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  • Matthew Klinefelter

How Egos Affect Your Project



I was reflecting on a few old projects the other day and a few of the characters I've come across and it dawned on me how some projects have been heavily affected just by the size of peoples egos.


This got me thinking if I've seen it I bet others have aswell. Such a thing can easily contribute the to the outcome of a project. I'm sure we've all come across the "I'm in charge" person on the project...


I'm going to give a couple of examples to demonstrate what I mean.


This was a project I wasn't involved with but was well aware of at the time. There was a works manager on the project that wouldn't let anything happen unless he was fully aware of what was going on. This even included everyone to be inducted. If someone arrived for induction that he wasn't aware of. They were gone, but because of the location people had to be booked in and couldn't return the next day. This went on with deliveries and if anyone wronged him in any way they would be off the job. The project manager couldn't control him and this severely affected the outcome of the job.


This guy had such an Ego that he was in charge he had no problem with affecting the outcome of the project so that he could be in charge. I bet if interviewed he wouldn't see it as his problem. It would be others for not informing him of the plan.


This was a project I was involved with. A construction manager would disregard any information provided by anyone around him. He wouldn't listen to anything a subcontractor told him and would instruct anything he wanted. This went on to bringing in and getting rid of resources almost daily. Moving contractors all around site completely out of sequence because if he could see a spot of land without an excavator on it something was wrong and it was his mission to put this right. He would only focus on what he could see on site and had no regard for the planned sequence.


This guy was in charge and revelled in the power he had to direct people. He would often do this at the top of his voice just to assert his dominance. There was no doubt that this guy thought he was saving the project whereas he was most definitely hindering it.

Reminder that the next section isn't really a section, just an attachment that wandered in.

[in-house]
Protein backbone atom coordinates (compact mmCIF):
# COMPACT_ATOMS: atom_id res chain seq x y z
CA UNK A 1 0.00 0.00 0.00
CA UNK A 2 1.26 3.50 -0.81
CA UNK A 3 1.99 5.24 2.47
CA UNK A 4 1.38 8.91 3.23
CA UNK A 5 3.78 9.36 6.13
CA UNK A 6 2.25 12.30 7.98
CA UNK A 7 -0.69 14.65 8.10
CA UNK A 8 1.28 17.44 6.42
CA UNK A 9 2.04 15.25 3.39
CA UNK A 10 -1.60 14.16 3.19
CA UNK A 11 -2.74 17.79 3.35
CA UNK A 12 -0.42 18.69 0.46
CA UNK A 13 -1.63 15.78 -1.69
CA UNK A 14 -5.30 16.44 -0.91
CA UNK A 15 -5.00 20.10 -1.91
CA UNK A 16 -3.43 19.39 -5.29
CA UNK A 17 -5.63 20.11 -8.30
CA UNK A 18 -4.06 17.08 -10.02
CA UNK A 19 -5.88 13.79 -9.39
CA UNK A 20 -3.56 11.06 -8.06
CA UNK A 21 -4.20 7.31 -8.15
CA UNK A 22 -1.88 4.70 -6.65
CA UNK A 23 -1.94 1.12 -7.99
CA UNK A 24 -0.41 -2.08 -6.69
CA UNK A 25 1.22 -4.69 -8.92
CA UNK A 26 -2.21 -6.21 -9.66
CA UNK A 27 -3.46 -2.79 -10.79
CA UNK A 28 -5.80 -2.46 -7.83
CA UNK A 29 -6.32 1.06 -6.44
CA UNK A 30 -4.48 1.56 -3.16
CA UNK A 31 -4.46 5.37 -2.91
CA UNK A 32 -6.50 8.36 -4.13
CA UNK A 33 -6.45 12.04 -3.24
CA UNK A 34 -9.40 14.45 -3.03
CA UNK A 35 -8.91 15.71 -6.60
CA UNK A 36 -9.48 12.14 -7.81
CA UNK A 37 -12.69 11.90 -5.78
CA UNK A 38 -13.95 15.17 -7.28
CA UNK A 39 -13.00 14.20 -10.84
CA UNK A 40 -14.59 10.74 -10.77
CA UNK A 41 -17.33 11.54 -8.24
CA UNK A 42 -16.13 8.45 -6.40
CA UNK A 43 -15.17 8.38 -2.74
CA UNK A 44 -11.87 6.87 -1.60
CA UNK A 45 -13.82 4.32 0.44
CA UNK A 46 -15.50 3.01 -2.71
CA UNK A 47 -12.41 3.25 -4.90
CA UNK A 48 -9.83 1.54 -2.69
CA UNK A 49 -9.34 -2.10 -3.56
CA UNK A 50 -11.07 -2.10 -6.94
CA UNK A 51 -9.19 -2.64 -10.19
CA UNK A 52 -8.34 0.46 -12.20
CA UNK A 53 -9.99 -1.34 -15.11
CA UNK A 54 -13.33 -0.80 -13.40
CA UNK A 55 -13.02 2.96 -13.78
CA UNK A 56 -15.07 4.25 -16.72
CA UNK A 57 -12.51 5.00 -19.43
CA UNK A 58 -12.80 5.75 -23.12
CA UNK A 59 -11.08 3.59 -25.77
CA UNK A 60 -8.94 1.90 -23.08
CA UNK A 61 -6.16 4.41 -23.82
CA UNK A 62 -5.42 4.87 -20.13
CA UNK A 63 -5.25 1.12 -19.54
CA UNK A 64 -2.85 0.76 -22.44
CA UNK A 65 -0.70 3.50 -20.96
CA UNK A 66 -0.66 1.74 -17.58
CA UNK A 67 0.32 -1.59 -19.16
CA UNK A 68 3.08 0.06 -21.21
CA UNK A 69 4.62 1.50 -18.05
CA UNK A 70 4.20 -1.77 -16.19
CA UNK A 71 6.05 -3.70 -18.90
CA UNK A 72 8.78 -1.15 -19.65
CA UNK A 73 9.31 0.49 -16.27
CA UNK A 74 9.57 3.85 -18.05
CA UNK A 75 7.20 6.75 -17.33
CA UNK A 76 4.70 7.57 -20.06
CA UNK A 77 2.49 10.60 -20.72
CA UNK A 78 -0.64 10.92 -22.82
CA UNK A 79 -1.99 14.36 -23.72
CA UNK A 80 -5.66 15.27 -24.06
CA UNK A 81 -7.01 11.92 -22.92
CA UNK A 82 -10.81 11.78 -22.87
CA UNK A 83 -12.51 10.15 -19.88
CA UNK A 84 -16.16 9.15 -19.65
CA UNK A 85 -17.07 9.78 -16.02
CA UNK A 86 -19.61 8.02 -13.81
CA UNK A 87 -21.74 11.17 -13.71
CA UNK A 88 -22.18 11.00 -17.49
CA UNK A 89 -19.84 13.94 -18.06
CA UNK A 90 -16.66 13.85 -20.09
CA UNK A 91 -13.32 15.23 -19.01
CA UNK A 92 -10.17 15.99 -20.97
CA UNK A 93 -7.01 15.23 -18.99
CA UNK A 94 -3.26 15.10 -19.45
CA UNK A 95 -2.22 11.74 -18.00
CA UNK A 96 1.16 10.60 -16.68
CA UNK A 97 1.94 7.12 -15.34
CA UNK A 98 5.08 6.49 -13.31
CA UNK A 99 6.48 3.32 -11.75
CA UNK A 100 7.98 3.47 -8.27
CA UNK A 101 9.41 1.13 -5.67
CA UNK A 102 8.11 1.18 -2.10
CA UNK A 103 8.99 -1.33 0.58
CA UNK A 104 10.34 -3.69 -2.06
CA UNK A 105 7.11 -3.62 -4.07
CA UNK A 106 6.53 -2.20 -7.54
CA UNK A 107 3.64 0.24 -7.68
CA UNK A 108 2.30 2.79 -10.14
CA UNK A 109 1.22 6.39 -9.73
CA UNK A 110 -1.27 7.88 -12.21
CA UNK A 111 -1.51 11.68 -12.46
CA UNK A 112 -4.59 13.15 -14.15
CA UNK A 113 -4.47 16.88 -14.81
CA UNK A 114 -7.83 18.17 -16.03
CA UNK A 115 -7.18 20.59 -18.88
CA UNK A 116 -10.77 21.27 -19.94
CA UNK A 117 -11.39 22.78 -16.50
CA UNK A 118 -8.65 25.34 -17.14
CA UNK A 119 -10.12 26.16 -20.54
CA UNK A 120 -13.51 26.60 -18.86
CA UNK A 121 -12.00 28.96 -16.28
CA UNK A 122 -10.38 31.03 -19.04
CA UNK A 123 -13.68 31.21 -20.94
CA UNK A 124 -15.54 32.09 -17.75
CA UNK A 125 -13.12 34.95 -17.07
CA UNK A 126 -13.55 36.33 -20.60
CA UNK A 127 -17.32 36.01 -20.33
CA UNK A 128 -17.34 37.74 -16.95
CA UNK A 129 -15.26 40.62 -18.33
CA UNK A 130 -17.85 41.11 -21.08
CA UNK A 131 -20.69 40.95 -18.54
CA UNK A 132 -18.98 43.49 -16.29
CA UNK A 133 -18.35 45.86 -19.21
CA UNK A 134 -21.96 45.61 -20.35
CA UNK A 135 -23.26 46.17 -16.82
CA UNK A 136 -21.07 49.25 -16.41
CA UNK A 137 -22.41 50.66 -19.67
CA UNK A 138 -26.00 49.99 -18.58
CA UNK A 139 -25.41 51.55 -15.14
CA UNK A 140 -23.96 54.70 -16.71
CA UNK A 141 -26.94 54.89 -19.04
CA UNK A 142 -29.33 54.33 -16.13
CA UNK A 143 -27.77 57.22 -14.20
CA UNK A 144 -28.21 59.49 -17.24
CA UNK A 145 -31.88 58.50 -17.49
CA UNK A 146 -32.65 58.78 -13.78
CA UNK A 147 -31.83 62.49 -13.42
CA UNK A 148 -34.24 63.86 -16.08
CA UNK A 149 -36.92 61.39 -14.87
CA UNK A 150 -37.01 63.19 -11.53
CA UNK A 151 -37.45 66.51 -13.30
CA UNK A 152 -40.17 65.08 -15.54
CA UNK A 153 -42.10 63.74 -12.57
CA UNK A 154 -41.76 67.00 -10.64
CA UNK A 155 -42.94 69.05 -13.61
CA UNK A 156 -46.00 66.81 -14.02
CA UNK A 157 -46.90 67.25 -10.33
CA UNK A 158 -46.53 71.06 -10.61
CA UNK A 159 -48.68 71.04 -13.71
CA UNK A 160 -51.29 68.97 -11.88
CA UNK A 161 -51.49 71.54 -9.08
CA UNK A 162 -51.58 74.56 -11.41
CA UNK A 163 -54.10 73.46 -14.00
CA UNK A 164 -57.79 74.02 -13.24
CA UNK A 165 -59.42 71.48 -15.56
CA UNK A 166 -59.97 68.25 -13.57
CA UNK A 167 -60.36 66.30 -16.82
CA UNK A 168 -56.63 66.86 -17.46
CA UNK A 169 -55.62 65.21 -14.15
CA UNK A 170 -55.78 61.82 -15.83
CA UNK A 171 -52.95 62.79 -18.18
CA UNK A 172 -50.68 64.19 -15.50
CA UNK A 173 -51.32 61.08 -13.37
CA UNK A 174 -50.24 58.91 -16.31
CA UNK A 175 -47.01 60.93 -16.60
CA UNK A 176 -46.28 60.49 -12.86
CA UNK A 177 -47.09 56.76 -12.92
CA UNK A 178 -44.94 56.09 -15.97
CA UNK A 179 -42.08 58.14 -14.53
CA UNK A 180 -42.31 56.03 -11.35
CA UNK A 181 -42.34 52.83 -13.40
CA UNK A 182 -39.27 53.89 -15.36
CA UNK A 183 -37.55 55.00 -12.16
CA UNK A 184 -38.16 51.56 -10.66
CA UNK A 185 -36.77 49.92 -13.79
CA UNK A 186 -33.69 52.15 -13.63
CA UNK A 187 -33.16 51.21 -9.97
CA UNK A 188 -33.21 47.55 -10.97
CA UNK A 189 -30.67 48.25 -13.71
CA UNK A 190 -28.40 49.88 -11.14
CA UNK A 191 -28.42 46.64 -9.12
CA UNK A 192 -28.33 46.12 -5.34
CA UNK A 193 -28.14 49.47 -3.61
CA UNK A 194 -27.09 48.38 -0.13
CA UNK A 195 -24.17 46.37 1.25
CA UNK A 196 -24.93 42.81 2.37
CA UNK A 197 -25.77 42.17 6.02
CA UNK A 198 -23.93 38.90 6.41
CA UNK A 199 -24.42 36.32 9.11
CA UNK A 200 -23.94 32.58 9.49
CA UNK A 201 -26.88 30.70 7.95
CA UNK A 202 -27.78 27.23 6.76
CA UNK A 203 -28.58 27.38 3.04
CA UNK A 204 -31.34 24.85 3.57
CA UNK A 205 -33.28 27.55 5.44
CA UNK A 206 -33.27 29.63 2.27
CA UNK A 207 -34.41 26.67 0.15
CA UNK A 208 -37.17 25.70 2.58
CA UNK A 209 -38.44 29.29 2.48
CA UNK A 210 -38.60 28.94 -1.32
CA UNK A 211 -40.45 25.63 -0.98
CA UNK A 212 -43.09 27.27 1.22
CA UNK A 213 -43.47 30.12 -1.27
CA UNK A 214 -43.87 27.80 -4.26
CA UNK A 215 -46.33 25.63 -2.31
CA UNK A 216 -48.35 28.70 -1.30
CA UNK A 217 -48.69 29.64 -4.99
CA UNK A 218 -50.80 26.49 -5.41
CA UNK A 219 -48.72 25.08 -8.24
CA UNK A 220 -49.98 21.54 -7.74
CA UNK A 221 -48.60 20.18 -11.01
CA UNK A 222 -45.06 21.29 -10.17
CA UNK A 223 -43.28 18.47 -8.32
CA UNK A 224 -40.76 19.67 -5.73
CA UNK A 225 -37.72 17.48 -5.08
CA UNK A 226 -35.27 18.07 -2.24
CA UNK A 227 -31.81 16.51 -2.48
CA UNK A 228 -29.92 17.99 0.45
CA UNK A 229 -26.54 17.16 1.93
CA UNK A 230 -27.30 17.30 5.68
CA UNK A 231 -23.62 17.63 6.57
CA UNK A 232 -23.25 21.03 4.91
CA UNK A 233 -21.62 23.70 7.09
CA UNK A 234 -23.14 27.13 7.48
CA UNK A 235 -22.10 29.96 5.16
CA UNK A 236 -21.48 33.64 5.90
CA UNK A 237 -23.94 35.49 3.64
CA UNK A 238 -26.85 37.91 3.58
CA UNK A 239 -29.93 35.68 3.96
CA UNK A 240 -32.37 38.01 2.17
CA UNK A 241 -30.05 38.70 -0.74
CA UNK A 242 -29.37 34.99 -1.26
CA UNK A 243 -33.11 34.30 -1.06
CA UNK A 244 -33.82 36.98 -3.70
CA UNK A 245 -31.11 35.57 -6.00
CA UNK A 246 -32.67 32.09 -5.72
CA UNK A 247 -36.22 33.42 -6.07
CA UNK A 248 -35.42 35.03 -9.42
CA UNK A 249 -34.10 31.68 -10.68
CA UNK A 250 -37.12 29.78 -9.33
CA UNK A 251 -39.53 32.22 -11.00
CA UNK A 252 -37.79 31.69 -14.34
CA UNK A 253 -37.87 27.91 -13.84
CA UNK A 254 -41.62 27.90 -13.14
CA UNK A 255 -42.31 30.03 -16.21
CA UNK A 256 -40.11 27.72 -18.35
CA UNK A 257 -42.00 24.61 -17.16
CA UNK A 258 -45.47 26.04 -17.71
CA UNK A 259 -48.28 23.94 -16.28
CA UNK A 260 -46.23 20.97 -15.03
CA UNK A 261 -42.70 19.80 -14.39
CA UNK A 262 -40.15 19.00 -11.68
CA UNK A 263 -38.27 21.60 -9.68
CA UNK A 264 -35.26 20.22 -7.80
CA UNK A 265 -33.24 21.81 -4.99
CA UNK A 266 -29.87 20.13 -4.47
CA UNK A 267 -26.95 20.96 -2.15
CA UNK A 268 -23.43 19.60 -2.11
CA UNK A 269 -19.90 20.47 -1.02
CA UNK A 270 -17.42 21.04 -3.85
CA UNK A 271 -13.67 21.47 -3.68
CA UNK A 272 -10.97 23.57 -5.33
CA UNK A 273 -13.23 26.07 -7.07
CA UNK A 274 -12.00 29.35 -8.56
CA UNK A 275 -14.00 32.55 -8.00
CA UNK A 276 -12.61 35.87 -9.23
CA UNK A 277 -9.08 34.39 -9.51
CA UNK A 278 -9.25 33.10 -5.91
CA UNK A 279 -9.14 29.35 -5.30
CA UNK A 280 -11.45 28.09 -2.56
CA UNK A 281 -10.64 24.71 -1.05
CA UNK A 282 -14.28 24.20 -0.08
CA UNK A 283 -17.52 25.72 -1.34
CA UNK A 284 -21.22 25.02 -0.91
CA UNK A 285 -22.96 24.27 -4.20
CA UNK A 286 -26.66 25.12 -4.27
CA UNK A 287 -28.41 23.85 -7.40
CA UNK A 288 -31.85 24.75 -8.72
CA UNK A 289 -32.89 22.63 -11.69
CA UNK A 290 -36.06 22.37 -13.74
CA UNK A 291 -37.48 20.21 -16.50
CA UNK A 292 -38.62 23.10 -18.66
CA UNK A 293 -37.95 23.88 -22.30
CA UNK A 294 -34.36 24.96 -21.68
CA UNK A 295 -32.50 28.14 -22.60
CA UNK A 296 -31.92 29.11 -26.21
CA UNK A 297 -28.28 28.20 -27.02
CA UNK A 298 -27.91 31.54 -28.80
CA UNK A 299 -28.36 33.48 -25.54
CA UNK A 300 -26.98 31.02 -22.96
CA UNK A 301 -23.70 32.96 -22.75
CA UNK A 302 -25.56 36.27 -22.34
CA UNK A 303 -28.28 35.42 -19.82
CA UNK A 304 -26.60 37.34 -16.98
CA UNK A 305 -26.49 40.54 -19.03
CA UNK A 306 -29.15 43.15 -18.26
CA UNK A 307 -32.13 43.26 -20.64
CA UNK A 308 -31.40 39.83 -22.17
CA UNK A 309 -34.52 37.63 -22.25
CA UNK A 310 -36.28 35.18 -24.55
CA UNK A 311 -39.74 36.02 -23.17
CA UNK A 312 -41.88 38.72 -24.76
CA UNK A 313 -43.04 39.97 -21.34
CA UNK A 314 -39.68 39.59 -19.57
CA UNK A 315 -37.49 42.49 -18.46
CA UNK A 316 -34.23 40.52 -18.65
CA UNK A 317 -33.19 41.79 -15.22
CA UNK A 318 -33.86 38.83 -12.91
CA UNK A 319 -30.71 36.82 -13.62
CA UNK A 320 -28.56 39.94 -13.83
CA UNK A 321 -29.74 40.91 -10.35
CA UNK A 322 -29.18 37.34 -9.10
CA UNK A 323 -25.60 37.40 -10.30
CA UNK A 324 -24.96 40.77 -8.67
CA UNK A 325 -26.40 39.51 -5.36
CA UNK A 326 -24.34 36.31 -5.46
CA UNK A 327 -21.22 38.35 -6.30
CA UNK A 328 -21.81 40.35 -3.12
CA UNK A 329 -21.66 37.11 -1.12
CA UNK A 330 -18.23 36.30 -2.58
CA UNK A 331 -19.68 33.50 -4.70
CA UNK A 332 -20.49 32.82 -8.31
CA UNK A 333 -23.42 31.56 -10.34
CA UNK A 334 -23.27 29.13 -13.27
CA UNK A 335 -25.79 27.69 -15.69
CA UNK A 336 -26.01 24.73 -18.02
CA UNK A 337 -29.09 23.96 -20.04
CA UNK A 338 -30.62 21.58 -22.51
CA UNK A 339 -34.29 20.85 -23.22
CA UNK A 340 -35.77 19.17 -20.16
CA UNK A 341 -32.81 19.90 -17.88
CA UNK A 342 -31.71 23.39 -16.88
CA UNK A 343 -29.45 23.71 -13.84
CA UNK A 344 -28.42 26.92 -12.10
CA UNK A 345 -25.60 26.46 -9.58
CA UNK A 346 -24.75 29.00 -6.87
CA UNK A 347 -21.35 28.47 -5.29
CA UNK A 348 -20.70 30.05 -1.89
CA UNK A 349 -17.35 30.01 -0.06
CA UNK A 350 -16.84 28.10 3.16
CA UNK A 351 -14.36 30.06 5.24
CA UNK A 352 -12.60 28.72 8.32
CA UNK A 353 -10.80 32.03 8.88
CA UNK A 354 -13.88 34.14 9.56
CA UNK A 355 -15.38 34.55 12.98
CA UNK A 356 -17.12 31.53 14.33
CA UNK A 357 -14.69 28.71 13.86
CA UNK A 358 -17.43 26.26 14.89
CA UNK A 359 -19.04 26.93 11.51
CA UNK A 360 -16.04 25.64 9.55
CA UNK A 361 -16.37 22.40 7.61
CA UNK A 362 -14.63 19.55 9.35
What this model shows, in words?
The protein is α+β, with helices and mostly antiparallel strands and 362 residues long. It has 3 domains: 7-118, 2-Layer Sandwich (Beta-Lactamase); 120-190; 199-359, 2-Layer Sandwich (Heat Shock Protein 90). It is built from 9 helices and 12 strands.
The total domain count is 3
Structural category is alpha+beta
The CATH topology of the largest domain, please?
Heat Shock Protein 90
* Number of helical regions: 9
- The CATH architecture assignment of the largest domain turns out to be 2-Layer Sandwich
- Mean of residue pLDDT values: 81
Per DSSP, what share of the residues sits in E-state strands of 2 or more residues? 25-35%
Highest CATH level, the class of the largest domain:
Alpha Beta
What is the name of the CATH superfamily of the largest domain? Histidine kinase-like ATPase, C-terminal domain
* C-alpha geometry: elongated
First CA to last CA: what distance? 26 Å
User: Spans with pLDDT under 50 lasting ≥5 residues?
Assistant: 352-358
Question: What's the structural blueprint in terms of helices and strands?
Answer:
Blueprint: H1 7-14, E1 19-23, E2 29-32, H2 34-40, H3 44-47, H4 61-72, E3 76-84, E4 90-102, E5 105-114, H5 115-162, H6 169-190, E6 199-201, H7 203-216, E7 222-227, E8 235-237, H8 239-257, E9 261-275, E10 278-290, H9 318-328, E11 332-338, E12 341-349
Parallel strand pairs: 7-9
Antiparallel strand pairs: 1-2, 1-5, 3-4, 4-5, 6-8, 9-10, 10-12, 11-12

I remember a project manager once said to me after I offered my opinion on a decision "I'm the project manager you have to do what I tell you". He wasn't wrong, it was his job to manage the project but why should that stop anyone throwing in their 2 pennies.


In my past I've only ever encountered Egos negatively affecting the outcome of a project. The ones without overpowering egos (because there will always be some) have gone a lot better. Now I'm not suggesting that Egos on their own determine the outcome of a project but the certainly go a long way to towards the end result.


Have a think back through your past and see if you agree.


So what does this have to do with planning since that what I write about? Well I think this goes to prove that there are always some things you cant plan for. If someone asked you to allow for an ego manic on the project how would you change the programme! Good luck showing and justifying that. The only way to do this would be to take account of the asbuilt impact to forecast future impact.


Now that you've all had time to reflect on the people you've come across in your career have a look back at the top image of Einstein. How true is that quote?


I think he was pretty spot on.

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